I read a number of years ago that Academy Award Winning actress Gwyneth Paltrow followed a macrobiotic diet.
At the time, this news snippet aroused my curiosity as my own family followed a macrobiotic diet for a brief period of time when I was in middle school and it was the worst way of eating I have ever experienced.
I absolutely despised the macrobiotic diet because I never felt satisfied or well after eating a meal prepared this way. I am very glad my parents quickly decided that it wasn’t so fantastic after all and stopped making meals this way!
Now, Ms. Paltrow has disclosed that she is suffering from osteopenia, a thinning of the bones. This is one of the most dangerous symptoms of vitamin D deficiency.
This condition was brought about by vitamin D blood levels so low, that Ms. Paltrow’s doctors said the level was “… the lowest thing they had ever seen ….”
Ms. Paltrow was prescribed high dose vitamin D drops and told to spend more time in the sun (without sunscreen, of course) to reverse the condition.
This is clearly excellent advice as those of us who know that frequent, brief, nonburning doses of midday sun on the skin is a very healthy thing to do, does not cause skin cancer, and is a great way to quickly raise vitamin D blood levels!
Let’s examine for a moment how Ms. Paltrow got such alarmingly low vitamin D blood levels in the first place.
A macrobiotic diet is based on grains, primarily brown rice. Here is the breakdown:
- Whole cereal grains, especially brown rice: 40—60%
- Vegetables: 25—30%
- Beans and legumes: 5—10%
- Miso soup: 5%
- Sea vegetables: 5%
- Traditionally or naturally processed foods: 5—10%
In addition to these basic recommendations, food, especially the grains, must be very thoroughly chewed by macrobiotic diet followers. Seafood, fruit, natural sweeteners and seeds/nuts may be enjoyed 2-3 times per week if desired (but not required).
Dangerous Dietary Deficiency from a Macrobiotic Diet
At first glance, a macrobiotic diet may seem an excellent way to eat as it is whole, unprocessed and eschews junk food, sodas and other industrialized foods that are responsible for so many modern ills, particularly in children.
However, following a macrobiotic diet can only bring ill health over the long term as it is focused primarily on grains and contains little animal fats which are the only foods that contain any vitamin D and other fat-soluble vitamins that are absolutely essential to health.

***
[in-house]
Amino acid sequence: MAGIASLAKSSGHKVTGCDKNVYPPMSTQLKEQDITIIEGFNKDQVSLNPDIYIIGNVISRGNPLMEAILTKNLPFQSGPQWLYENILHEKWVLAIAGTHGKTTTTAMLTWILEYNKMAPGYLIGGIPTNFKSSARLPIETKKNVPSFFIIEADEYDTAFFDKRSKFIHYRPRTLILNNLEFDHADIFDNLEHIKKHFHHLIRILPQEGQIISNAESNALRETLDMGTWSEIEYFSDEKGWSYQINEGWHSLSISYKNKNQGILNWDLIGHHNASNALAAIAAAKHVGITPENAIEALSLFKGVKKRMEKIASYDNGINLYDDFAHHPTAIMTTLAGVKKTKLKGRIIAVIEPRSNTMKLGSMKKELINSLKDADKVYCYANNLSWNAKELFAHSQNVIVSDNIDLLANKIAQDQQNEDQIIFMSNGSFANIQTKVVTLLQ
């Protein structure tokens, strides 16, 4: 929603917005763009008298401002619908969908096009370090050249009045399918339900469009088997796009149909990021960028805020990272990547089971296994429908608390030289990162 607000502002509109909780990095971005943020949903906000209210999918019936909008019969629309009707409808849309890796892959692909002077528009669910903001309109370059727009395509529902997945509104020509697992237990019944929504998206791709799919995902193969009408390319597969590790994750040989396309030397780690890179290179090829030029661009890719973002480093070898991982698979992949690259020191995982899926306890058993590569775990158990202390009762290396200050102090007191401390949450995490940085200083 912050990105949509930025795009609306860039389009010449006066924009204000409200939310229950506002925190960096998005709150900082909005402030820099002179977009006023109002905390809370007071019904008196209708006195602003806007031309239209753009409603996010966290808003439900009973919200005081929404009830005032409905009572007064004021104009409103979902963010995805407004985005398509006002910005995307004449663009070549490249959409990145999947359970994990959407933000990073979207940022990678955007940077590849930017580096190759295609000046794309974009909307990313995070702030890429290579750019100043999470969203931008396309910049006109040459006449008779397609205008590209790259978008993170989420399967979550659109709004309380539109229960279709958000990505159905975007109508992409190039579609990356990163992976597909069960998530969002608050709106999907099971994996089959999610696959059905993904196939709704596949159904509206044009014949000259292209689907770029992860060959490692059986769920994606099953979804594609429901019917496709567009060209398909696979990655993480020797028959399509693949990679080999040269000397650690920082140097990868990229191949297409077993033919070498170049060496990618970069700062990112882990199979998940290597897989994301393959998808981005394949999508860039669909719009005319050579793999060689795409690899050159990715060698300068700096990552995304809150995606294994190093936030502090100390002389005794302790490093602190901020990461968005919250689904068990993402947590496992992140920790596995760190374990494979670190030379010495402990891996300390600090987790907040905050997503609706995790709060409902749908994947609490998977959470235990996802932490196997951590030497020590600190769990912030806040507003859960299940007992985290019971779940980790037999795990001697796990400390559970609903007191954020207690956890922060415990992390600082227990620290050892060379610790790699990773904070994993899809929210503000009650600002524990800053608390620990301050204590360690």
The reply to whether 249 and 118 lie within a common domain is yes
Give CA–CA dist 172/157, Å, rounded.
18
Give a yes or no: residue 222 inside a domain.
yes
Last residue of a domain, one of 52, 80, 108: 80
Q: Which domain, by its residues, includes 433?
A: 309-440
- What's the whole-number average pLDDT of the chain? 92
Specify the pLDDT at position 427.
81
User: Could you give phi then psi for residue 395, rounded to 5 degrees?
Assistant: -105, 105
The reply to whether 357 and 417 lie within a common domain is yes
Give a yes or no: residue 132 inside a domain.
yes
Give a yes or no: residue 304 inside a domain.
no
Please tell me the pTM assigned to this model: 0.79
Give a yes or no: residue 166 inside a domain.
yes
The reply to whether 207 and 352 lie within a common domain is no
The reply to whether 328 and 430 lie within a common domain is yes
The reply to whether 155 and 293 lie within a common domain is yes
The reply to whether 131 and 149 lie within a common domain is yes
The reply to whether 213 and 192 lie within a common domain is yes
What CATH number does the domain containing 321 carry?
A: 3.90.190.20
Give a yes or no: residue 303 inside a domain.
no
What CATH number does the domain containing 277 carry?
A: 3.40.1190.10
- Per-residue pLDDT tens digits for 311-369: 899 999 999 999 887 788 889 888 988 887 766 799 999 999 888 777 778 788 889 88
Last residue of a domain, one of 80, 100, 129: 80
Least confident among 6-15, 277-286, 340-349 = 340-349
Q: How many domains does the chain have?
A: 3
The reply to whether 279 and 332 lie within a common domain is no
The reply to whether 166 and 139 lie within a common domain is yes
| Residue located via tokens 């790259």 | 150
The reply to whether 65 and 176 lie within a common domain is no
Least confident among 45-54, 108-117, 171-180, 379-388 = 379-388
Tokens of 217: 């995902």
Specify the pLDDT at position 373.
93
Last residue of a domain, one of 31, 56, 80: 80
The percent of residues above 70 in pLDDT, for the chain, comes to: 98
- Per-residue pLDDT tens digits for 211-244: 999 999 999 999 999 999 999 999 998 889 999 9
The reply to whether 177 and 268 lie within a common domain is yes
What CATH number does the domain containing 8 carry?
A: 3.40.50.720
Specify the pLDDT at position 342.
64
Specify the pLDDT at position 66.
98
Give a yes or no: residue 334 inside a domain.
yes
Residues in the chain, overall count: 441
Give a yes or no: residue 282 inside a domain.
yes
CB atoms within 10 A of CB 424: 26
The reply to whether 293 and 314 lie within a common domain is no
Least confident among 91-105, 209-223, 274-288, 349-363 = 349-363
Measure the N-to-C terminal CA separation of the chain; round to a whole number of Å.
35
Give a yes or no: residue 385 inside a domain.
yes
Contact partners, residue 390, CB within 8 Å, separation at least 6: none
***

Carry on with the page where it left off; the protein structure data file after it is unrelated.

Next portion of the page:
And no, kelp and mushrooms grown in the sun don’t contain the type of Vitamin D our bodies can use either, so don’t fall for that dietary myth.
Having experienced the lack of well being, lethargy, dark moods and hypoglycemia produced by a macrobiotic diet firsthand as a child, I knew that Ms. Paltrow was going to suffer serious health challenges as a result of this dangerous manner of eating. Her first clue should have been the birth weight of her first child (a girl) who was born at a whopping 9 lbs 11 oz.
It is known that girls born this large are at higher risk for breast cancer before age 50. A diet heavy in grains, even if whole and unprocessed, will frequently result in huge babies .
Her second clue should have been the postpartum depression she experienced after the birth of her second child, Moses, in 2006. Postpartum depression and low vitamin D levels have been strongly linked.
With this more recent news of severe vitamin D deficiency and osteopenia at such a young age, hopefully Ms. Paltrow will abandon the disastrous macrobiotic diet and reclaim her health by consuming animal foods high in Vitamin D on a more frequent basis and reduce her grain consumption to a moderate level as practiced by healthy, traditional societies.
Any diet that produces such a severe nutritional deficiency such as what Ms. Paltrow has experienced is clearly the wrong way to go and an unwise approach to eating.
Sarah Pope has been a Health and Nutrition Educator since 2002. Her work is dedicated to helping families effectively incorporate the principles of ancestral diets within the modern household. She is a sought after lecturer around the world for conferences, summits, and podcasts.
Her work has been covered by major media including USA Today, ABC, NBC, and many others.